Two apparently contradictory observations have been made about consonantal voicing in Southern U.S. English: compared to other U.S. varieties, Southern speakers produce more voicing on “voiced” stops, but they also “devoice” word-final /z/ at higher rates. In this article, regional differences in final /z/ realization within Virginia are investigated. Thirty-six students from Southwest and Northern Virginia were recorded completing tasks designed to elicit /z/-final tokens. Tokens were acoustically analyzed for duration and voicing; they were also automatically categorized as being [z] or [s] using an HTK forced aligner. At the surface level, the two approaches yield incompatible results: the single acoustic measures suggest that the Southwest Virginians produce more [z]-like /z/ tokens than the Northern Virginians, and the aligner finds that the Southern-identifying participants produce the most [s]-like tokens. However, both analyses converge on the importance of following environment: the Southwest Virginians are relatively least voiced prepausally and more voiced in other environments. These combined findings confirm previous work showing that Southern “voiced” consonants generally have more voicing than other regional U.S. varieties but also suggest that the dialect may exhibit greater phrase-final fortition. There are also differences within Southwest Virginian speakers based on differences in their rurality or in their orientation to the South.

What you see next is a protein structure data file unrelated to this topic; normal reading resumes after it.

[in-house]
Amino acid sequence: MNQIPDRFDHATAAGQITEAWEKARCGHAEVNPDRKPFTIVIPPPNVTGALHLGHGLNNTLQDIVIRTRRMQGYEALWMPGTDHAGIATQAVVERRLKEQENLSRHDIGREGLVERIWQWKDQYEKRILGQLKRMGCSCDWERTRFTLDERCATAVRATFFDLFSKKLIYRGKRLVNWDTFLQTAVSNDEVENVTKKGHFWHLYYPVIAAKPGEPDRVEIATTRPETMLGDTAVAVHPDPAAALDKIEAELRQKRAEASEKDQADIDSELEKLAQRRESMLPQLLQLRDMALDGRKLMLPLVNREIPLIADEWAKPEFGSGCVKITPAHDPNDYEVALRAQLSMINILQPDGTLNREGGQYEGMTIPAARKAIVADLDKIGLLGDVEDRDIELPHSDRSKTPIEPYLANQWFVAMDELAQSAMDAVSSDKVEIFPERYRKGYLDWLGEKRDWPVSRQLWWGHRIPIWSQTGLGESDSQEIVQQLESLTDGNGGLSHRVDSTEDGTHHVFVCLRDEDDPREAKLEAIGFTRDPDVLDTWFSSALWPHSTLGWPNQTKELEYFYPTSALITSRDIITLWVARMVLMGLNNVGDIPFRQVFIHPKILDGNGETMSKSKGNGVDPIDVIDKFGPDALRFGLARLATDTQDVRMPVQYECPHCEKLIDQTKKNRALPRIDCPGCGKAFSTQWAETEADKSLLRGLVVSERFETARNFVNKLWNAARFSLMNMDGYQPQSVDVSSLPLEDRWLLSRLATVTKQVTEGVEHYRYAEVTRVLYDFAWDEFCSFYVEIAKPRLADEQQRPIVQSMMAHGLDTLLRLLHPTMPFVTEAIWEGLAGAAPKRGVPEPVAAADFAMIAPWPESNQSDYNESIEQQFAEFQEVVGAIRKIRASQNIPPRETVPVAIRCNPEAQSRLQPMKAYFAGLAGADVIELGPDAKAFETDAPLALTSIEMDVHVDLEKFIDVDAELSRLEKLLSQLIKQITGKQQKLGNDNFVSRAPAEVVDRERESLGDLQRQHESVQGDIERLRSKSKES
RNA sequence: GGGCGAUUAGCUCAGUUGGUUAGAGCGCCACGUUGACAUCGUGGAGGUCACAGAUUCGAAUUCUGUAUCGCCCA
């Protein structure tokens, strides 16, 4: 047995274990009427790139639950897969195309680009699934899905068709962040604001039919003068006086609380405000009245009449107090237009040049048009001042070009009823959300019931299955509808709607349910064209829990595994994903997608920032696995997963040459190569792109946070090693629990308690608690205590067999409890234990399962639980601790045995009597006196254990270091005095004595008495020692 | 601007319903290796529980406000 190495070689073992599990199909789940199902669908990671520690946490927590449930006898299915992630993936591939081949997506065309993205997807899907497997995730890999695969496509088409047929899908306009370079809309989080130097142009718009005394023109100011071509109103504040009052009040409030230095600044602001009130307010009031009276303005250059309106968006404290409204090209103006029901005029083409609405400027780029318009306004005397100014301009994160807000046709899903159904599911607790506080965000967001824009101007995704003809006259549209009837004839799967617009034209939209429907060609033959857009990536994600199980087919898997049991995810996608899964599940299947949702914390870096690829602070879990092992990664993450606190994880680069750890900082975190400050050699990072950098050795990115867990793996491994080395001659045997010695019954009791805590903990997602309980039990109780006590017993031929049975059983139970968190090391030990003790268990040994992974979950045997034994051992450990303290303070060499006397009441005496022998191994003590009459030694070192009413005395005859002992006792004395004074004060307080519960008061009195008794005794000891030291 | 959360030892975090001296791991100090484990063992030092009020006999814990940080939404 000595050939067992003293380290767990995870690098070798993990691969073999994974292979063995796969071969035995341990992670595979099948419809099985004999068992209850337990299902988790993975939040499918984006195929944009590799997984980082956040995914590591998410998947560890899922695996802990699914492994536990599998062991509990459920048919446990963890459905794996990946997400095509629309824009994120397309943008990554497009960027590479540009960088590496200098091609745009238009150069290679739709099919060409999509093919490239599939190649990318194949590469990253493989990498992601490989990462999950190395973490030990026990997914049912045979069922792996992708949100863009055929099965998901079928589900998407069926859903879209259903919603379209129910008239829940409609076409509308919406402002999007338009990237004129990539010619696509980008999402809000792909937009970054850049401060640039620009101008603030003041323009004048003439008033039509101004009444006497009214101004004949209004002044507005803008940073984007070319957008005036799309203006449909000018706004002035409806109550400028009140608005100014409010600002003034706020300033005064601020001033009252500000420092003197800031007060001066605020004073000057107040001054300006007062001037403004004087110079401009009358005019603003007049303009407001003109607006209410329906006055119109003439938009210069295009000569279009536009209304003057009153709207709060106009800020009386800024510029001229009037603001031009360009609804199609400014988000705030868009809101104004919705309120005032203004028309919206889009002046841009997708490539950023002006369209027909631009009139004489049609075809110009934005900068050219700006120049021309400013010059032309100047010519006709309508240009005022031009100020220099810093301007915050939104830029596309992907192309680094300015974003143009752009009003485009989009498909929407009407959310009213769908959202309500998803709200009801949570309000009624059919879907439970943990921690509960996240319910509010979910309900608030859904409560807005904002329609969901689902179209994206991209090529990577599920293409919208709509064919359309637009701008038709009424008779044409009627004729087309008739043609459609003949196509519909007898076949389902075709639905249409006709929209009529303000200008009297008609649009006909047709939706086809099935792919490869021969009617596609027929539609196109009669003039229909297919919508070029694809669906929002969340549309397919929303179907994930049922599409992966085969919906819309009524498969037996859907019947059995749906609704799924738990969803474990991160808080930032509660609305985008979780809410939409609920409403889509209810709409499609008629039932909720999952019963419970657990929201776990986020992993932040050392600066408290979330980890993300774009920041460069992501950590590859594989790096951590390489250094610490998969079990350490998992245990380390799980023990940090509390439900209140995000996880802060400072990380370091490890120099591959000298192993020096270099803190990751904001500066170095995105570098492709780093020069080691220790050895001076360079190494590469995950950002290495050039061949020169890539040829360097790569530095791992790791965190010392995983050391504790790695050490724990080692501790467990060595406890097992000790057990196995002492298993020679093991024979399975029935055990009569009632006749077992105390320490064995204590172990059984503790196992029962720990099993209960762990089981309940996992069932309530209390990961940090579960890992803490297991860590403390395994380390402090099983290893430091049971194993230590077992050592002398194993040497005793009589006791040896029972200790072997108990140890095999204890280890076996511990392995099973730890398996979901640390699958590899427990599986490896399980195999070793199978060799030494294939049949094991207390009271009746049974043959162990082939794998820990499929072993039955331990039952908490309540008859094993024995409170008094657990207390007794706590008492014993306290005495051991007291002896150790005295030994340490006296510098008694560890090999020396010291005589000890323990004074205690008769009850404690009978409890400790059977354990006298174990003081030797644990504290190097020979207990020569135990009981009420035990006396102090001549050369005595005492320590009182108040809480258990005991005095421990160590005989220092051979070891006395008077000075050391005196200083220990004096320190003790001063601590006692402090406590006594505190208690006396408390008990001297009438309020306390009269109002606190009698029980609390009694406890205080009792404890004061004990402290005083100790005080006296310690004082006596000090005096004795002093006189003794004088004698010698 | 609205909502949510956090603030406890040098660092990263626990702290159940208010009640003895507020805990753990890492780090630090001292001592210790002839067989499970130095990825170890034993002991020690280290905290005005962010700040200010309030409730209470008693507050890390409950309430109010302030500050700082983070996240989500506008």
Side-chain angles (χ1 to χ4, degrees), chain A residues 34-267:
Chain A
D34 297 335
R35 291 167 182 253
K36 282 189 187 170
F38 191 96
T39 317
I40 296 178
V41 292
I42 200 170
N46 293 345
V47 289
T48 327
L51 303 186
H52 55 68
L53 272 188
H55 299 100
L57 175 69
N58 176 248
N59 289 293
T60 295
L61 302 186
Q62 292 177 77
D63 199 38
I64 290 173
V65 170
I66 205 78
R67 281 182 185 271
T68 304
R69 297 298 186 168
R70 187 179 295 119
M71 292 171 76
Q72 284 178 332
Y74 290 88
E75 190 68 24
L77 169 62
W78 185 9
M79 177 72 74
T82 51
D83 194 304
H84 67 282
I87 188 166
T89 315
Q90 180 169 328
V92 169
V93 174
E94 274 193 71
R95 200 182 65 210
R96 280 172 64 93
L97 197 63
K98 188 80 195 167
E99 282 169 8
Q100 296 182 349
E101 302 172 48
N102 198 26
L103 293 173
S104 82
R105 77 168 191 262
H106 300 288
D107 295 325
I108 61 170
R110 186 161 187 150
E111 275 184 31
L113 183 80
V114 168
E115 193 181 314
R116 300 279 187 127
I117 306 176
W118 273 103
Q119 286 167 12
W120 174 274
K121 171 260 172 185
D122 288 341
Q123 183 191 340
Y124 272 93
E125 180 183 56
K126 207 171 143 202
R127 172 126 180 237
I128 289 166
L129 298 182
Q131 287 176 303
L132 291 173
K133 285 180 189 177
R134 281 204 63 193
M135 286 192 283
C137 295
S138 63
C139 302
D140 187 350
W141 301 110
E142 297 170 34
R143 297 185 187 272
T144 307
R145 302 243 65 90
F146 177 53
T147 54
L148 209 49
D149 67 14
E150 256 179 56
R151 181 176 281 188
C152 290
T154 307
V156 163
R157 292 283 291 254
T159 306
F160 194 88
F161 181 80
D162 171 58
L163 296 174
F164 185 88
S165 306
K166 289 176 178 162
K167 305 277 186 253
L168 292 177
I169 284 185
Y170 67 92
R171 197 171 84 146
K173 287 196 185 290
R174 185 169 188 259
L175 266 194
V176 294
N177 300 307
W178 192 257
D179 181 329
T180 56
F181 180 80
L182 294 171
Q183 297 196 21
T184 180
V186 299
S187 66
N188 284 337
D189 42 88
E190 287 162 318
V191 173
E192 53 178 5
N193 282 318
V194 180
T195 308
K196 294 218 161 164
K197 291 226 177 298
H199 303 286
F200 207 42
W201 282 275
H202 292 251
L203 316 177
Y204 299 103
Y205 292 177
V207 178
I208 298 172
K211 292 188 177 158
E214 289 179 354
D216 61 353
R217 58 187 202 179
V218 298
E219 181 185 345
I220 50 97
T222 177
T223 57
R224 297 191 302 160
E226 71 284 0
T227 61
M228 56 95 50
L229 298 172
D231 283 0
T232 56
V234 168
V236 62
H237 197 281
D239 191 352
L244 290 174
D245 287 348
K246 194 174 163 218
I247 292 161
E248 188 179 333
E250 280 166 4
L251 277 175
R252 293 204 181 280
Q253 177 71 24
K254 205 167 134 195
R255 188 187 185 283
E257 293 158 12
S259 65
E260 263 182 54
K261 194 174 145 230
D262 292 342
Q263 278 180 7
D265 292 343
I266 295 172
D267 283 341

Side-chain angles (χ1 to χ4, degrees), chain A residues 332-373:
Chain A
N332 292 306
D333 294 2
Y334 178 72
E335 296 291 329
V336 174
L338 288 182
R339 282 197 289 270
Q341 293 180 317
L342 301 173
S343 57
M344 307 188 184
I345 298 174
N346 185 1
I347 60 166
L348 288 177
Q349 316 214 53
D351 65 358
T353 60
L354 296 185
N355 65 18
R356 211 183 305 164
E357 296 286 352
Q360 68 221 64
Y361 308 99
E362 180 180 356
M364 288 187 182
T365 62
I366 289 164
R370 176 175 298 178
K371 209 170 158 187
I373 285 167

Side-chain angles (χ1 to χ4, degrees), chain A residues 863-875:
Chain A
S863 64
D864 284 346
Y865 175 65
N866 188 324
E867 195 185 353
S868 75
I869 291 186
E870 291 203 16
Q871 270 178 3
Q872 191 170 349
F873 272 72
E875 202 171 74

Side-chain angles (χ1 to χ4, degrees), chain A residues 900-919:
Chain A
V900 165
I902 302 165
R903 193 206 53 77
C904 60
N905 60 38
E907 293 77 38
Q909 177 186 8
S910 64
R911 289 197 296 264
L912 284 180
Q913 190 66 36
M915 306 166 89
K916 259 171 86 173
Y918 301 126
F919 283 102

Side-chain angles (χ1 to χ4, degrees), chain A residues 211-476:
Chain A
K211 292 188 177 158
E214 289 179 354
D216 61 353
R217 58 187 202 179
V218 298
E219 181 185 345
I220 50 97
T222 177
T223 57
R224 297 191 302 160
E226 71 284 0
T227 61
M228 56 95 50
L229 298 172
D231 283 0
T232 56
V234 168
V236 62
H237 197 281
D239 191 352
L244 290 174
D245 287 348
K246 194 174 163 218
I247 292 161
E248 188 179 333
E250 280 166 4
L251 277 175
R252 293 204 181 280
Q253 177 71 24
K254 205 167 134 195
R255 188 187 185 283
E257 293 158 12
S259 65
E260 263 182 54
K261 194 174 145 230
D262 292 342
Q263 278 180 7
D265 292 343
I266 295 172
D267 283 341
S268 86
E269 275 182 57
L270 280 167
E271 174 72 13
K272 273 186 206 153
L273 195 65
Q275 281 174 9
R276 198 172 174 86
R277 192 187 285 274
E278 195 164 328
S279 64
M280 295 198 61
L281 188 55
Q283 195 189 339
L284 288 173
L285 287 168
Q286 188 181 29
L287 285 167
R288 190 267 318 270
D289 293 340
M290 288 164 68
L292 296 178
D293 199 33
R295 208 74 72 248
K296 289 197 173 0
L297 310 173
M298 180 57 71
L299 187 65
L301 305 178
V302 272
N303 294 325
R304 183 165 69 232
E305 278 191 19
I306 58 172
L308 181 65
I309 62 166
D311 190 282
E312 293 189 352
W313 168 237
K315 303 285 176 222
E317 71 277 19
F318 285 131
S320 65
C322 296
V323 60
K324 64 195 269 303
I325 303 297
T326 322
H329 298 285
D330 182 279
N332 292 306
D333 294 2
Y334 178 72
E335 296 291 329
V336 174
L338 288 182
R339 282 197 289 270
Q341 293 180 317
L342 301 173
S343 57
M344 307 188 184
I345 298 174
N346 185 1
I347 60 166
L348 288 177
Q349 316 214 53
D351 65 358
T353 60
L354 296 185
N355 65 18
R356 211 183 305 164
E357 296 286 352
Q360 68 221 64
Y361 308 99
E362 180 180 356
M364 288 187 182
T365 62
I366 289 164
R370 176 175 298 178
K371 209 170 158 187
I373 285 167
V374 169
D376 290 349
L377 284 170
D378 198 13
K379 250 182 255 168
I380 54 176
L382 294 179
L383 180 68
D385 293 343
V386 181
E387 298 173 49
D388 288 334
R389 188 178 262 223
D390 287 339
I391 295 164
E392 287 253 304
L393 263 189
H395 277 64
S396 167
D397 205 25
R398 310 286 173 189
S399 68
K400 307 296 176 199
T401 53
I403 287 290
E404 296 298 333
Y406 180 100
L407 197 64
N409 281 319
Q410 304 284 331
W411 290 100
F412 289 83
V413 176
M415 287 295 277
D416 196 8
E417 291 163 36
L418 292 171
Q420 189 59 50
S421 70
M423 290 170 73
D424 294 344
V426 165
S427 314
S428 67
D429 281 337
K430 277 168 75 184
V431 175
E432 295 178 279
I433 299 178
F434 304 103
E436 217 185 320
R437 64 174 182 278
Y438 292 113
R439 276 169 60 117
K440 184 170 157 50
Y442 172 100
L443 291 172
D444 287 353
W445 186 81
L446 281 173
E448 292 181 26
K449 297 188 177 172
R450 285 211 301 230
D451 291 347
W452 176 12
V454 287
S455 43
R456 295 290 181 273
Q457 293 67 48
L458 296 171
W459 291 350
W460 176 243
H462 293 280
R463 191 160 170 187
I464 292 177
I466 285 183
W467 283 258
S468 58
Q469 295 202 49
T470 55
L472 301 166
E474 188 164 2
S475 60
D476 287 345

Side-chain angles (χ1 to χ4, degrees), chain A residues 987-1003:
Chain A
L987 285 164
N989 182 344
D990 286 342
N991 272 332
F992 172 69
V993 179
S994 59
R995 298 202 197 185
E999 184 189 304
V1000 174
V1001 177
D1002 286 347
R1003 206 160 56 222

Differences in Final /z/ Realization in Southwest and Northern Virginia
rachel hargrave holds a B.A. in English from Virginia Polytechnic Institute and will complete their literature M.A. from Virginia Tech in spring 2018. They are interested in mythopoeic literature and adaptation studies as well as multimedia pedagogy, queerness in anime, and queer-centered pedagogy. Email: email@example.com.
amy southall graduated summa cum laude from Virginia Polytechnic Institute in 2017, receiving her B.A. in professional and technical writing with a certificate in literature and language, preeducation, and minors in agriculture and applied economics, peace studies and violence prevention, and language sciences. In 2020, Southall received her master’s degree in public administration with a certificate in local government management. She currently works in local government in public relations. Email: firstname.lastname@example.org.
abby walker is an associate professor in the Department of English at Virginia Polytechnic Institute. She got her M.A. in linguistics in 2007 from the University of Canterbury in New Zealand, and her Ph.D. in linguistics in 2014 from Ohio State University. Her interests include speech perception, speaker perception, intraspeaker variation, and how these processes interact. Email: email@example.com.
Rachel Hargrave, Amy Southall, Abby Walker; Differences in Final /z/ Realization in Southwest and Northern Virginia. American Speech 1 August 2022; 97 (3): 311–344. doi: https://doi.org/10.1215/00031283-9308362
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